Demographic responses to climate variation depend on spatial- and life history-differentiation at multiple scales
Journal article, Peer reviewed
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Original versionBiological Conservation. 2018, 228 62-69. 10.1016/j.biocon.2018.10.005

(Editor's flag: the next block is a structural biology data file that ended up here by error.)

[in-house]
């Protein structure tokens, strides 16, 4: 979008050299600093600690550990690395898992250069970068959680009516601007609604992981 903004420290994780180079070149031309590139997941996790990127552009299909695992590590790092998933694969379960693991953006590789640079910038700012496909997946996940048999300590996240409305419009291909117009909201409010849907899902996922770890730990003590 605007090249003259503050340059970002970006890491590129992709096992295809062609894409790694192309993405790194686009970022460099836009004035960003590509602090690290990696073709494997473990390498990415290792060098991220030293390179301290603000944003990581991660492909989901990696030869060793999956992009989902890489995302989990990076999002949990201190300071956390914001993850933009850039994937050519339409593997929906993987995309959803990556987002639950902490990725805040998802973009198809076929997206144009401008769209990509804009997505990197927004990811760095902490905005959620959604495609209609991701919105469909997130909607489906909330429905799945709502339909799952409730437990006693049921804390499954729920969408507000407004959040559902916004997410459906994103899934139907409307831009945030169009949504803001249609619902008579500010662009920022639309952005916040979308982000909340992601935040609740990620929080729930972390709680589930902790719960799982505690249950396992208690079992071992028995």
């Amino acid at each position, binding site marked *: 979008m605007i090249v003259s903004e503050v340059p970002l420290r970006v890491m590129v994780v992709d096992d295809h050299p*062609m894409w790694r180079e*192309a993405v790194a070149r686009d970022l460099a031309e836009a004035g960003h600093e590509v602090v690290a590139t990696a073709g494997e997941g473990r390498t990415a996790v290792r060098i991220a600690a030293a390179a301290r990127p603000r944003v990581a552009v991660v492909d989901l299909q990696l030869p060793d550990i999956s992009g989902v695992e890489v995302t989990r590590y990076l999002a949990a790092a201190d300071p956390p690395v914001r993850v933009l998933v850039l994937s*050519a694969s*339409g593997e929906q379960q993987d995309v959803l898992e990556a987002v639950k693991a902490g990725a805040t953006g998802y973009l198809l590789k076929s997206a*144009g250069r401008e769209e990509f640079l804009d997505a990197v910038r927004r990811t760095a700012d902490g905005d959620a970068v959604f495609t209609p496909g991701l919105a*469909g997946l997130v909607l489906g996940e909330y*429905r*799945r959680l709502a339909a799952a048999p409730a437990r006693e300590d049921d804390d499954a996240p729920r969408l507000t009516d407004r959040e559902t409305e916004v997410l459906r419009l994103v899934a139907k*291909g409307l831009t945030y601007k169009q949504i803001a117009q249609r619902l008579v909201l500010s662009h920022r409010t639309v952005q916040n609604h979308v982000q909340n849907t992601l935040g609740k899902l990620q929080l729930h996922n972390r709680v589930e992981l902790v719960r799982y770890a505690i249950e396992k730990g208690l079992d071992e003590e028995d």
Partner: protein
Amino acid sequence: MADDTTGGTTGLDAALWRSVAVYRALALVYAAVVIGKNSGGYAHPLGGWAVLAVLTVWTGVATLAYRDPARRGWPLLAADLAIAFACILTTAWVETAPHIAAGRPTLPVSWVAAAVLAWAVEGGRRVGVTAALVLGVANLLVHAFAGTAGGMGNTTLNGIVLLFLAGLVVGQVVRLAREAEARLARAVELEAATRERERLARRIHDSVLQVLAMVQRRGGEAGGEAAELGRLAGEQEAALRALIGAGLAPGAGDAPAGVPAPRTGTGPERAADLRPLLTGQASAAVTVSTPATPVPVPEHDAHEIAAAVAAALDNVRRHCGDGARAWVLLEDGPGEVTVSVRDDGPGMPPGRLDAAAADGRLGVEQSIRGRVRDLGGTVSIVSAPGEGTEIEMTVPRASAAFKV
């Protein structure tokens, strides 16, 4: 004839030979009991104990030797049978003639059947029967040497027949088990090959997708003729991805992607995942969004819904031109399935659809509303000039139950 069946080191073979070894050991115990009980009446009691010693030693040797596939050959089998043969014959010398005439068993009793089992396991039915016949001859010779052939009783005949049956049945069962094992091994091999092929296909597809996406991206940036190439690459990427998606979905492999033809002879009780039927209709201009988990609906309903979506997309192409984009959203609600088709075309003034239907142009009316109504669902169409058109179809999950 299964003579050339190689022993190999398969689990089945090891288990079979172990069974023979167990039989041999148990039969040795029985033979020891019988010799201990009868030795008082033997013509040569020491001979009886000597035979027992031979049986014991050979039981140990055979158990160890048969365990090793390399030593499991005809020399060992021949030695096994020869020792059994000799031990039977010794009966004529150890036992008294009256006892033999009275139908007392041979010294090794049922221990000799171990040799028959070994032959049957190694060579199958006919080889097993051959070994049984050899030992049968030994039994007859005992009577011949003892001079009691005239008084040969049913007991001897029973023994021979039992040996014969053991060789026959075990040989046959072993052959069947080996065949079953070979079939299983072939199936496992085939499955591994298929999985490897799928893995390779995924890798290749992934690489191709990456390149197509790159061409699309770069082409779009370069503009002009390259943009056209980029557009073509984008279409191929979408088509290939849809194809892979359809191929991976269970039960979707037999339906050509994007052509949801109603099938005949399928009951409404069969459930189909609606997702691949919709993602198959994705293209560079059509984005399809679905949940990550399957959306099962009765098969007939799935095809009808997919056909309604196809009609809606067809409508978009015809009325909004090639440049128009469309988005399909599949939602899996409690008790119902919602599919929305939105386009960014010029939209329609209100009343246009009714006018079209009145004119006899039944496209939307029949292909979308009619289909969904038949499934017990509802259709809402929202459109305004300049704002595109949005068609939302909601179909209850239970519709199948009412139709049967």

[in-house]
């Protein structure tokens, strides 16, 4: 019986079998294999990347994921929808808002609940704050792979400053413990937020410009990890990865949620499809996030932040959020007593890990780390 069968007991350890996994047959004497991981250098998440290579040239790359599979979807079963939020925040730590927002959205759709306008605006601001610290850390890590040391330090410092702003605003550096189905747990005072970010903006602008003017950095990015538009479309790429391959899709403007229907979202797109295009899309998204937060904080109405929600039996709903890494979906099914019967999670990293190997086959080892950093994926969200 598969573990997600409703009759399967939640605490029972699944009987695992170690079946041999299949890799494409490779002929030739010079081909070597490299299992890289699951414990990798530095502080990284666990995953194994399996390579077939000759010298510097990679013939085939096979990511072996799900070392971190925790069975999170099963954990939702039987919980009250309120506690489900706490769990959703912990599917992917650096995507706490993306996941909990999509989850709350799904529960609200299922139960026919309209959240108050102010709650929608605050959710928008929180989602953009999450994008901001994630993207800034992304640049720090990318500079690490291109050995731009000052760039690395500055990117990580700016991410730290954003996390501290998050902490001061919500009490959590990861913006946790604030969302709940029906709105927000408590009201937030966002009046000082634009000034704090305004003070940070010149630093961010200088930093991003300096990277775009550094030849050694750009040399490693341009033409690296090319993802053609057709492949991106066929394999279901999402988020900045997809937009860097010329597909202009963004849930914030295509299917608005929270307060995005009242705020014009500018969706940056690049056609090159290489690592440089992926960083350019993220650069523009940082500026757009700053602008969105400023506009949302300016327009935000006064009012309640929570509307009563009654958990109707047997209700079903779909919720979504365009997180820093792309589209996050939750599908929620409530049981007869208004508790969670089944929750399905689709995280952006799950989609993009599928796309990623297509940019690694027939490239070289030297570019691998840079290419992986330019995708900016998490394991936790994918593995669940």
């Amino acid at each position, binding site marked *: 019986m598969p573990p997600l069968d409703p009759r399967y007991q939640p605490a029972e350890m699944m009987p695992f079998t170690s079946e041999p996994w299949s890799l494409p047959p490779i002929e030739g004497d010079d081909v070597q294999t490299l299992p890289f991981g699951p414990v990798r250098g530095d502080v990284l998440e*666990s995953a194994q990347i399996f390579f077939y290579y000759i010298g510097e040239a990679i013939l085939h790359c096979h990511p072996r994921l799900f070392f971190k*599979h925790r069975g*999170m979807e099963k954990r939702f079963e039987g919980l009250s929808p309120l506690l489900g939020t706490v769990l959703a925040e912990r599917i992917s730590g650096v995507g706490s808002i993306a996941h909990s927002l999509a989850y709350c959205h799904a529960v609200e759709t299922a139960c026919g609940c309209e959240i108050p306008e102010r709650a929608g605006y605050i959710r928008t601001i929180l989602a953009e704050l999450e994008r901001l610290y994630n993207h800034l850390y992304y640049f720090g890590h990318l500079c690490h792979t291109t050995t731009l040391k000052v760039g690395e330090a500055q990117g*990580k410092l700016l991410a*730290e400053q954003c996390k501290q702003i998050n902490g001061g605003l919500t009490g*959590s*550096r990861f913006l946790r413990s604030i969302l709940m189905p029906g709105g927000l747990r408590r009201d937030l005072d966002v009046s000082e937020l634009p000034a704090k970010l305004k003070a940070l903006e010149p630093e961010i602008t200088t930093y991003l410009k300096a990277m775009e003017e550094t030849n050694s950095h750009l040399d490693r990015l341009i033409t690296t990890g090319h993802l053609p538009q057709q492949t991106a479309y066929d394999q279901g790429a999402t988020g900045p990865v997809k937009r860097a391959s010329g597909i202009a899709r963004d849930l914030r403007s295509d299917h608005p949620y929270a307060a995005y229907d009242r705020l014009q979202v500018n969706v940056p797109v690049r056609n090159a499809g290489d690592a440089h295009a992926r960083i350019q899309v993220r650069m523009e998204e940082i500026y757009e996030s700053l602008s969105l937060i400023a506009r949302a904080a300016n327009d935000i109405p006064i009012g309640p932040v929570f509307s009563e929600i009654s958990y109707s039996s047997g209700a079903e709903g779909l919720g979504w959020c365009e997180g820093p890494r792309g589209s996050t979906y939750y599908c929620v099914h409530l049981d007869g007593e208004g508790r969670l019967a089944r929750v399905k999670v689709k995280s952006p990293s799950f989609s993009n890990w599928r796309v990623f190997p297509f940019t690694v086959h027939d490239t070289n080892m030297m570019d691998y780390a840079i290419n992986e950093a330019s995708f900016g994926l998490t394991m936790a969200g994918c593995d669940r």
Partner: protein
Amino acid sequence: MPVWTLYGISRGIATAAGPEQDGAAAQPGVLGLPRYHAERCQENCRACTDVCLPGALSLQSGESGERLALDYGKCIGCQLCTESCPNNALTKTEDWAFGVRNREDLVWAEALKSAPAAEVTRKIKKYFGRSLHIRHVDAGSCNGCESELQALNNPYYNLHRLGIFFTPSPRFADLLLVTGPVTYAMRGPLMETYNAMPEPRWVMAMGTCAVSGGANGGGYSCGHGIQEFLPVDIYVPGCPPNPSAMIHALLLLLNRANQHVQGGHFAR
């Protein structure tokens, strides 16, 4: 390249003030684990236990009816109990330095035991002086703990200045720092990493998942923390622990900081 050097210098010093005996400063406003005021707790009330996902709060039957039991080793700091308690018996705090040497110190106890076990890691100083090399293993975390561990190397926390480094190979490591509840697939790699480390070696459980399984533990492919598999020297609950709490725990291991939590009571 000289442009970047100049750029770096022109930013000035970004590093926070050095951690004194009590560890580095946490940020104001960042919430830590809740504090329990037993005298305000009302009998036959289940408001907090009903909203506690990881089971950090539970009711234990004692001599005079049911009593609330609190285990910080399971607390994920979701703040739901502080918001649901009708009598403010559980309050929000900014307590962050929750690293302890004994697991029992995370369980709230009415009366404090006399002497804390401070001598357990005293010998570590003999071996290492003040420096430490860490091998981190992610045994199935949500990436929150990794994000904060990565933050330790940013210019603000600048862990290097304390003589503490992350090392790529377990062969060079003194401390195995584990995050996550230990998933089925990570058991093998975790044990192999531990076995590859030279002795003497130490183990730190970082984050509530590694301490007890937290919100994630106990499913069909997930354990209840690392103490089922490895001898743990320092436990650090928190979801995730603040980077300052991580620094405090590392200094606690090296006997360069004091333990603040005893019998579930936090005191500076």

Long-term demographic data are needed for detailed viability analyses of populations threatened by climate change, but the infeasibility of obtaining such data makes it urgent to assess whether demographic responses to climatic variation can be generalized across populations and species. We used 32 years of demographic data on four species of closely related orchids (genera Dactylorhiza and Gymnadenia), replicated in a coastal and an inland region in central Norway, to test how demographic responses to climate varied among geographical regions and species. We fit generalized linear mixed models (GLMMs) to study climate effects on vital rates and included GLMMs as components in matrix models to examine climate effects on population dynamics. We found that, overall, vital rates and population growth rates of the eight populations responded independently to variation in both temperature and rainfall. Only probability of flowering showed expected regional differentiation in response to climate, despite notable regional climatic differences. Other vital rate – climate relationships were structured by species or a combination of both region and species. The weak clustering of demographic responses to climate variation by species and region demonstrates that effects of climatic variation can strongly depend on variation in local habitat and life history, even among closely related populations occupying similar niches. This highlights the difficulty in transferring data from closely related and/or located populations for viability analyses and for models predicting range shifts, and a general need to account for among-population variation in demographic responses to develop successful conservation and management plans.